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On Monday night of the NFL’s Week 10, the Texans’ DeAndre Hopkins made a positively silly one-handed TD catch. Twenty years ago, Harry Kalas would have cleared his schedule to narrate an NFL Films video special about it. Today? Yeah, it was nice, we say, but it wasn’t Odell. Thus the state of receiving: With NFL teams averaging a record 263.2 receiving yards per game, the extraordinary happens weekly; the sublime is but a pass away. QBs manage the game. Receivers are The Show. Just ask Antonio Brown and T.Y. Hilton, who ran crossing routes from the same neighborhood to NFL stardom. Or ask evolutionary leap Rob Gronkowski if tomorrow’s top receivers might well be tight ends. Or ask Braxton Miller, former Ohio State QB, whose best option play has been a shift to receiver. Next time he snares a one-handed TD, think he’ll miss throwing the ball?
ON THE COVER: In “Crossing in the End Zone,” senior writer Mina Kimes explores how the paths of youth football buddies T.Y. Hilton and Antonio Brown reconnected in the NFL. Brown and Hilton grew up in the same neighborhood, born to fathers who also grew up in that neighborhood. But their lives took different turns. The story examines how two kids who started in the same place but whose paths diverged dramatically ended up in the same place once again: as two of the best receivers in the NFL.
Wide Receivers Issue features and highlights
Preferred Passing Lanes
The Mag examines the steady decline in the number of catches made in the most dangerous part of the field—over the middle. This season wide receivers are catching 25 percent fewer balls over the middle than they did in 2009. The piece also provides a by-the-numbers look at where the rest of the passes are going. By Luke Knox
How exactly is the NFL’s best receiver … a tight end? This piece breaks down three plays that demonstrate why New England’s Rob Gronkowski is so unstoppable—basically, he’s too big and too fast to take down. By Matt Bowen
A Show of Hands
No body part is more integral to an athlete’s success than a receiver’s hands. The Mag asked DeAndre Hopkins and Julian Edelman to show their hands and tell their stories. By Morty Ain and Stacey Pressman
Also in this issue:
- The Truth: Columnist Howard Bryant examines the ramifications of “paid patriotism,” which has come to light in a recent report from Arizona Sens. John McCain and Jeff Flake. For the past few years, professional teams have been taking money from the Department of Defense for military-themed programs and tributes embedded into the game-day experience. Bryant writes that the public is being robbed of taxes and trust, while soldiers are being used. In post-9/11 America, the overlap of sports, military and first responders has gone too far, Bryant writes, creating a dizzying array of conflicting images and distorted history, especially when much of these initiatives are rooted in profit, not goodwill.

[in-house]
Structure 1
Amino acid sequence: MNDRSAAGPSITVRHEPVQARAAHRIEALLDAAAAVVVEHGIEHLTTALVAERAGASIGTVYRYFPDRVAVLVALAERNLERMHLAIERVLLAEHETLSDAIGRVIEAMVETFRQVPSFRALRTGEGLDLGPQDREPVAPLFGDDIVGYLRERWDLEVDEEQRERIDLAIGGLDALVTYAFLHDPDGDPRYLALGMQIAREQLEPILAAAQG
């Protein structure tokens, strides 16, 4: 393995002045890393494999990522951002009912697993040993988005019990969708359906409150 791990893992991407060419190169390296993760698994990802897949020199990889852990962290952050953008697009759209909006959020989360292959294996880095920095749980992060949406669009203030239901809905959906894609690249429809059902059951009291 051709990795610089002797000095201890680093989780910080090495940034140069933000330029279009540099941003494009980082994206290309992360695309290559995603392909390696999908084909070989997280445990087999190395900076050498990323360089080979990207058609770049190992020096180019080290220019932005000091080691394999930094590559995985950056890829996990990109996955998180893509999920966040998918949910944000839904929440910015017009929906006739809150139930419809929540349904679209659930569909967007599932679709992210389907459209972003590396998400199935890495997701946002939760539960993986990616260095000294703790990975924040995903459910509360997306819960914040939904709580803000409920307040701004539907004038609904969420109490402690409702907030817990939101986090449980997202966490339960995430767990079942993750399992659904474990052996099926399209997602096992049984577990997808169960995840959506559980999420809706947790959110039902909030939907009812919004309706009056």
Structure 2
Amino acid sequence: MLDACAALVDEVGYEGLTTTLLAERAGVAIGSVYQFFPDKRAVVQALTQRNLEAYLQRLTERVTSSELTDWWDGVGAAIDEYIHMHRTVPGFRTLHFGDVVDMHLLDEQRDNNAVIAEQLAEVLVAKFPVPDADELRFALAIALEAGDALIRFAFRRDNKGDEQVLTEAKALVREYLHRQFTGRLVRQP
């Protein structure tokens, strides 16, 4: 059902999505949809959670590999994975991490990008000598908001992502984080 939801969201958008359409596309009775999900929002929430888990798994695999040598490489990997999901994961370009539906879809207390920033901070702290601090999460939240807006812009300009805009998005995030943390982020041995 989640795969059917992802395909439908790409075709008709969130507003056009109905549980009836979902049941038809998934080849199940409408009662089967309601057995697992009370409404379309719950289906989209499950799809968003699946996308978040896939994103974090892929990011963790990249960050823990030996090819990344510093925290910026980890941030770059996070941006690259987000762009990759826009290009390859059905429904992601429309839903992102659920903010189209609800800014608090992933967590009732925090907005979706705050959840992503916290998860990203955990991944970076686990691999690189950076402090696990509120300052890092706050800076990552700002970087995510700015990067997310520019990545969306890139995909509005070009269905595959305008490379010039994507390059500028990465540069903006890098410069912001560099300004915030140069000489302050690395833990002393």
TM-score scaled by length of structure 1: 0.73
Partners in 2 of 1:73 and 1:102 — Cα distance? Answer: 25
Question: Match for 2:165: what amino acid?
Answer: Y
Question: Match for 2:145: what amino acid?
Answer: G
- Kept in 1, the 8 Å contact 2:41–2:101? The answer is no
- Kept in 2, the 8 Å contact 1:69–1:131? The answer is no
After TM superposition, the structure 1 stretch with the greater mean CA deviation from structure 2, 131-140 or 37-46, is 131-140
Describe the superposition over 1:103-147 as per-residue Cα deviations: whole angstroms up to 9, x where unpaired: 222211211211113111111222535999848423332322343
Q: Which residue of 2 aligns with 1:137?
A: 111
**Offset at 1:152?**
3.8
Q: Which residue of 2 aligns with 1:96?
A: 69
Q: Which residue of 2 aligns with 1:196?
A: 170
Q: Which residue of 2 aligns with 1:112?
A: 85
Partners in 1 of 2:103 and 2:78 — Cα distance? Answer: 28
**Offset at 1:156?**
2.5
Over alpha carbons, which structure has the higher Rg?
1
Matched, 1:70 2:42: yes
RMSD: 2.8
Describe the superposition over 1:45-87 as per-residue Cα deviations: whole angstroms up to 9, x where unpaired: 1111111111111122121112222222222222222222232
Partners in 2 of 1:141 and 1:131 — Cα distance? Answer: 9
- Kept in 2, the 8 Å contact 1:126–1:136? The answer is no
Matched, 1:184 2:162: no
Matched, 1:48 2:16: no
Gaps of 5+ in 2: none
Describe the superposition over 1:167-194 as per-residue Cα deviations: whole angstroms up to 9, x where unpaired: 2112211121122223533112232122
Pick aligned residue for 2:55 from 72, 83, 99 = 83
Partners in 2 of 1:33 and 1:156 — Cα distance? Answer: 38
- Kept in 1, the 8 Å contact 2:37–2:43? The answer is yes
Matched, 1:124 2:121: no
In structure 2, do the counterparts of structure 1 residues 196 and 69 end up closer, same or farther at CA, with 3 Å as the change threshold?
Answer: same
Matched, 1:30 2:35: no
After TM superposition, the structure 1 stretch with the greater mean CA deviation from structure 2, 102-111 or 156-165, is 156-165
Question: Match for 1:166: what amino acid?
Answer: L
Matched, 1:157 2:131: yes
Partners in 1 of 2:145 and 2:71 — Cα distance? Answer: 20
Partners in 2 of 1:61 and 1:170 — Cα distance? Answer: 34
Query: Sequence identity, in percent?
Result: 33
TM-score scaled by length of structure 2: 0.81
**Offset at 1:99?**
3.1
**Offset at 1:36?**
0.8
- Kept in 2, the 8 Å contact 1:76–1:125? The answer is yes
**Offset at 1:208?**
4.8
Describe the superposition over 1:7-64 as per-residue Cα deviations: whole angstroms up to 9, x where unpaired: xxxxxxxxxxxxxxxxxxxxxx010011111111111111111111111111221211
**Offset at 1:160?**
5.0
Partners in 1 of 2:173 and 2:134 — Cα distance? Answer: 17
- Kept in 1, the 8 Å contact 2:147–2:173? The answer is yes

- College football: This time two seasons ago, Ohio State QB Braxton Miller was mentioned in the same breath as Jameis Winston and Marcus Mariota—as a Heisman potential and surefire first-rounder. But then he hurt his shoulder and the Buckeyes’ eventually rode the arms of two young QBs to a national title last season. Miller dropped to third string, but instead of spending his final season carrying a clipboard or playing QB at another school, he has found success in a new role—as a receiver. The Mag’s Brett Forrest gives readers an inside look at one of the most high-profile position switches in college football in “Route Adjustment.”
- NBA: The Timberwolves’ Kevin Garnett, known for his ferocious intensity both on the court and off, has mentored dozens of NBA stars throughout his 21-year career, with varying degrees of success. His latest project, No. 1 pick Karl-Anthony Towns, may be the most important of his career. In “The Cruel Tutelage of Kevin Garnett,” Jackie MacMullan explains why the Timberwolves, after a decade of ineptitude, are betting the farm on Garnett and his checkered history of bringing along young stars.
- NBA: The Mag’s Robert Sanchez follows Jahlil Okafor from draft night to the first few games as the young leader for the Philadelphia 76ers, a team very much in the rebuilding stage. The first-round draft pick is used to winning, through all his years of high school ball and at Duke, where the Blue Devils won a national title. In “The Lonely Burden of Jahlil Okafor,” Sanchez chronicles the rookie’s progression as he adapts to his new reality.
- Outdoors: At 5-foot-1 and 100 pounds, 14-year-old Ashima Shiraishi is the best teenage climber in the world, male or female. Some consider her the best female climber in the world regardless of age. But can she reach the height of her father’s ambition? Elizabeth Weil shares Ashima’s story in “On the Edge of Magical.”
Carrie Kreiswirth – (646) 547-4686 or email@example.com
Jen Cingari – (646) 547-5840 or firstname.lastname@example.org